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Nobility

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The_Lords_and_Barons_prove_their_Nobility_by_hanging_their_Banners_and_exposing_their_Coats_of_arms_at_the_Windows_of_the_Lodge_of_the_Heralds.png
"The Lords and Barons prove their Nobility by hanging their Banners and exposing their Coats-of-arms at the Windows of the Lodge of the Heralds.—After a Miniature of the Tournaments of King Rn (Fifteenth Century) MSS. of the National Library of Paris."

The nobility represents, or has represented, the higher stratum of a society in which social classes can be distinguished. The most distinctive feature of nobilty is that once acquired, it is passed to descendants, possibly according to some rules. The word "noble" in "nobility" also means "doing an act worthy of respect" to people.

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Western nobility

Initially nobility descended from chivalry (or warrior class) in the feudal stage of the development of a society. Originally, knights or nobles were mounted warriors who swore allegiance to their sovereign and promised to fight for him in exchange for allocation of land (usually together with serfs living there). The invention of the Musket slowly eliminated the privately owned and operated armies of nobles in feudal societies during the time period of The Military Revolution.

In the modern era, in countries where the nobility was the dominant class, the bourgeoisie gradually grew in power; a rich city merchant was more influential than a minor countryside nobleman. In France, influential high bourgeois, most particularly the members of the parlements (courts of justice), obtained nobility titles from the King. The old nobility of military origin, the noblesse d'pe ("sword nobility") became increasingly irritated by this newer noblesse de robe ("gown nobility"). In the last years of the ancien rgime, before the French Revolution, the old nobility, intent on keeping its privileges, had pushed for restrictions of certain offices to noblemen who could demonstrate that their family had enough "nobility quarters" (i.e. that they were from old noble families, not from bourgeois families recently elevated to noble rank).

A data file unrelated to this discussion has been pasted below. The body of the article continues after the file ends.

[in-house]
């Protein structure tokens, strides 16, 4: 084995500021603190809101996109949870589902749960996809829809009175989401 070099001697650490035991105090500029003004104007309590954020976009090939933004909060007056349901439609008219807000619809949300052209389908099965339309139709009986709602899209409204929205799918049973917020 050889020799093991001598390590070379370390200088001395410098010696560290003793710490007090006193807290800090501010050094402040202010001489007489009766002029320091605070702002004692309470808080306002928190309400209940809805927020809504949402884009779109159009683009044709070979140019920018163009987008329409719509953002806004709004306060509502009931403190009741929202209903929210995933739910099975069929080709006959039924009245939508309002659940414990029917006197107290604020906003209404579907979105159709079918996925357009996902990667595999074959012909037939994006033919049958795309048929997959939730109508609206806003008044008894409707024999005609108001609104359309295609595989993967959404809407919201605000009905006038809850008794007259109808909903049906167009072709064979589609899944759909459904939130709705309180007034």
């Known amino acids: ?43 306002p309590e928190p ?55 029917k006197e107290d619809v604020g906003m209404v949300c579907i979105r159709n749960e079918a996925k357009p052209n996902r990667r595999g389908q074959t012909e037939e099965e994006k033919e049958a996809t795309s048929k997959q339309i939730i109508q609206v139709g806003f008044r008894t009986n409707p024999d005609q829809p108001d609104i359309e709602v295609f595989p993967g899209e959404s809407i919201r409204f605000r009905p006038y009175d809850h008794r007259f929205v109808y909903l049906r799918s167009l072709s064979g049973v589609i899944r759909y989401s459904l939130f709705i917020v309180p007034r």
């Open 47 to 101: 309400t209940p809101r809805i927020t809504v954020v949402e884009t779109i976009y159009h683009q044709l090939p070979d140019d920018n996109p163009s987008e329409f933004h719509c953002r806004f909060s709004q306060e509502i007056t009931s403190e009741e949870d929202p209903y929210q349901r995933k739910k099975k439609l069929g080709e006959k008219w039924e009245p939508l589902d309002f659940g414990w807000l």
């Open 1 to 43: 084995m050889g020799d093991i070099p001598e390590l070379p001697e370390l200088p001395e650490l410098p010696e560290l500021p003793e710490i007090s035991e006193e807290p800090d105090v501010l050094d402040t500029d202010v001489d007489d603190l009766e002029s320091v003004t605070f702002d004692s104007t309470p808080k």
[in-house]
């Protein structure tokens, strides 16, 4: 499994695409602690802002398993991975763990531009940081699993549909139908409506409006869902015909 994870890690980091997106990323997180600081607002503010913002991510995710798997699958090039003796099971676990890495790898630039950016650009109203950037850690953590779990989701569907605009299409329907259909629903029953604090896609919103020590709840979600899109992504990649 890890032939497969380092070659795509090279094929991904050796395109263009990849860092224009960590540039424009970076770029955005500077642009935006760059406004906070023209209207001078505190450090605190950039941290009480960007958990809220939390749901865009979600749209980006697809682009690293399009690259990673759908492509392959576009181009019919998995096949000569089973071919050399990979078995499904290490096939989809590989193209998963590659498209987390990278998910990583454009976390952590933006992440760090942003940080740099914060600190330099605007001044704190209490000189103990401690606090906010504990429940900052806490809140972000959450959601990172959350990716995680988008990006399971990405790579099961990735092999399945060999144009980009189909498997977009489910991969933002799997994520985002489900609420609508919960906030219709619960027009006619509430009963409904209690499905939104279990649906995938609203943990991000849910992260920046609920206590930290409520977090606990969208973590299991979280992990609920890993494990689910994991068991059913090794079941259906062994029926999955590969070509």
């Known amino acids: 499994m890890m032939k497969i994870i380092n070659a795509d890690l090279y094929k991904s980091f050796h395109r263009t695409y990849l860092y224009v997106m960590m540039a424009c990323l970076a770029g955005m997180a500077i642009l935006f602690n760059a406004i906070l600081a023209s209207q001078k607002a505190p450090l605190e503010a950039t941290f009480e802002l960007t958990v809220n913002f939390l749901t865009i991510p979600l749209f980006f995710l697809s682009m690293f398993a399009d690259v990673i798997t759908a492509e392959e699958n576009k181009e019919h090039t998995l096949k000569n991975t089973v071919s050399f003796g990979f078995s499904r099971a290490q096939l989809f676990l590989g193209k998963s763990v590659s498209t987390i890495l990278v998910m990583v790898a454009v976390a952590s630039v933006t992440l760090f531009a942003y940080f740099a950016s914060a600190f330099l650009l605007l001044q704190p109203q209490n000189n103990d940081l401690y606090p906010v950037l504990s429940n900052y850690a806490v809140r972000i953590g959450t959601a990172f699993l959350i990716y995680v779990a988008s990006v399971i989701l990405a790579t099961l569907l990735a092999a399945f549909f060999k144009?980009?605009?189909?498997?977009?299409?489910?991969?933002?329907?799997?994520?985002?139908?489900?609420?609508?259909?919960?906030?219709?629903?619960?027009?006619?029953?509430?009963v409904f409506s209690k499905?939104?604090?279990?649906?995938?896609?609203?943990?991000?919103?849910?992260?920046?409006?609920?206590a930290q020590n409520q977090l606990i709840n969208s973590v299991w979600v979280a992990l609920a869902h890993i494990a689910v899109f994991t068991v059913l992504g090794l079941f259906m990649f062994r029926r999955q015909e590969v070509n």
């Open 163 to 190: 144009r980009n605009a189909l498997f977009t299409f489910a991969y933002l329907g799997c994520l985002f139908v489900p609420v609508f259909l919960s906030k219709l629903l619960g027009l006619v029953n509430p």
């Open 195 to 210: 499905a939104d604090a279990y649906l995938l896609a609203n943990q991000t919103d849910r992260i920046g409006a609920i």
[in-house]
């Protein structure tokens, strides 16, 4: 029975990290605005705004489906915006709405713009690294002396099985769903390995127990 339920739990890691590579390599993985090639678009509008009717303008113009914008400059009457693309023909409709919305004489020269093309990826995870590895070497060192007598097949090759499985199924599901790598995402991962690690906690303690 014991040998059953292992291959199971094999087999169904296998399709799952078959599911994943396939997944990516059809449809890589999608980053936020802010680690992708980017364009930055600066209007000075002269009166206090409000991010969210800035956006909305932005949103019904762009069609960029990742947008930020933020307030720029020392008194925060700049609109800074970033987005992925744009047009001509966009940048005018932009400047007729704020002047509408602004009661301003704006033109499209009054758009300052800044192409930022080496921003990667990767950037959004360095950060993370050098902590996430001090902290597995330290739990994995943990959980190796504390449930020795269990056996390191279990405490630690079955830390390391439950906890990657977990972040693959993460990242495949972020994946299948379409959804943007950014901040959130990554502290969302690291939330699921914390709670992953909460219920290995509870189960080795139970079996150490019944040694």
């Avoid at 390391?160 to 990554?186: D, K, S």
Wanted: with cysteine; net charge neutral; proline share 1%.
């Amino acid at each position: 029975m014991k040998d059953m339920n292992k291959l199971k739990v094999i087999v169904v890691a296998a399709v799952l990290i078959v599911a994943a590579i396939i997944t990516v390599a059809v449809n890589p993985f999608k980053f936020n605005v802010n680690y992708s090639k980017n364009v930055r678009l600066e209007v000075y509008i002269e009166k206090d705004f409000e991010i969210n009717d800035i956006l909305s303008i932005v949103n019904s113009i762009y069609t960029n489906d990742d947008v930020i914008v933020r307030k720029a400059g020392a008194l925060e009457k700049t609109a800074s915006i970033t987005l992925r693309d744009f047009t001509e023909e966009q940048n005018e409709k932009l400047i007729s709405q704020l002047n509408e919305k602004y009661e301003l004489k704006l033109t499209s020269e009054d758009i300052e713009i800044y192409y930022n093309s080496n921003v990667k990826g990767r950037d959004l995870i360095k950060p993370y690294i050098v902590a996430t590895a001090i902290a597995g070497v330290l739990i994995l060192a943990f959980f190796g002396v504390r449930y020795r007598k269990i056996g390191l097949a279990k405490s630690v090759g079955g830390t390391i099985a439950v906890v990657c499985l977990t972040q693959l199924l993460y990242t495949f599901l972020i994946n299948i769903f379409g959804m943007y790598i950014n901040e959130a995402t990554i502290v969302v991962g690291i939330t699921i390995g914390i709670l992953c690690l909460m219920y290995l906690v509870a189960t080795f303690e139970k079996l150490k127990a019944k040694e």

The nobility of a person might be either inherited or earned. Nobility in its most general and strict sense is an acknowledged preeminence that is hereditary, i.e., legitimate descendants (or all male descendants, in some societies) of nobles are nobles, unless explicitly stripped of the privilege. In this respect, nobility is distinguished from British peerage: the latter can be passed to only a single member of the family. The terms aristocrat and aristocracy are a less formal means to refer to persons belonging to this social milieu. Those lacking a distinct title, such as junior siblings of peers (and perhaps even the children of 'self-made' VIPs) may be considered aristocrats, moving within a small social circle at the apex of a hierarchical social pyramid. Blue blood is an English expression for noble birth or descent. It may be derived from an original Spanish phrase, or simply refer to the delicate, pale skin favoured within that social circle, which more transparently reveals the blueness of the veins and arteries beneath.

Nobles typically commanded resources, such as food, money, or labor, from common members or nobles of lower rank of their societies, and could exercise religious or political power over them. Also, nobles typically, but not necessarily were entitled to land property, which was reflected in the title. For example, the title Earl of Chesterfield tells about property, while the title Earl Cairns was created for a surname. However all the above is not obligatory; quite often nobility was associated only with social respect and certain social privileges. An example of the latter would be Polish szlachta. In the modern age, the notion of inherited nobility with special rights has become, in the Western World, increasingly seen as irrelevant to the modern way of life. The founding fathers of the United States rejected anything that may help in recreating a nobility; the French Revolution abolished the nobility and its special rights (though some nobility titles would be recreated by Napoleon I and III, they were mostly honorific).

A list of noble titles for different European countries can be found at Royal and noble ranks. To learn how to properly address holders of these titles, see Royal and noble styles.

Some con artists also sell fake titles of nobility, often with impressive-looking documents to back them up. These may be illegal, depending on local law.

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Italian Nobleman of the Fifteenth Century. From a Playing-card engraved on Copper about 1460 (Cabinet des Estampes, National Library of Paris).

Nobility by nation

For full categorized countries, see Category:Nobility by nation; some other follow:

Related articles

External links

cs:lechta da:Adel de:Adel es:Nobleza eo:Nobelo fr:Noblesse he:אצולה nl:Adel no:Adel ja:貴族 pt:Nobreza sl:Plemstvo sv:Adel

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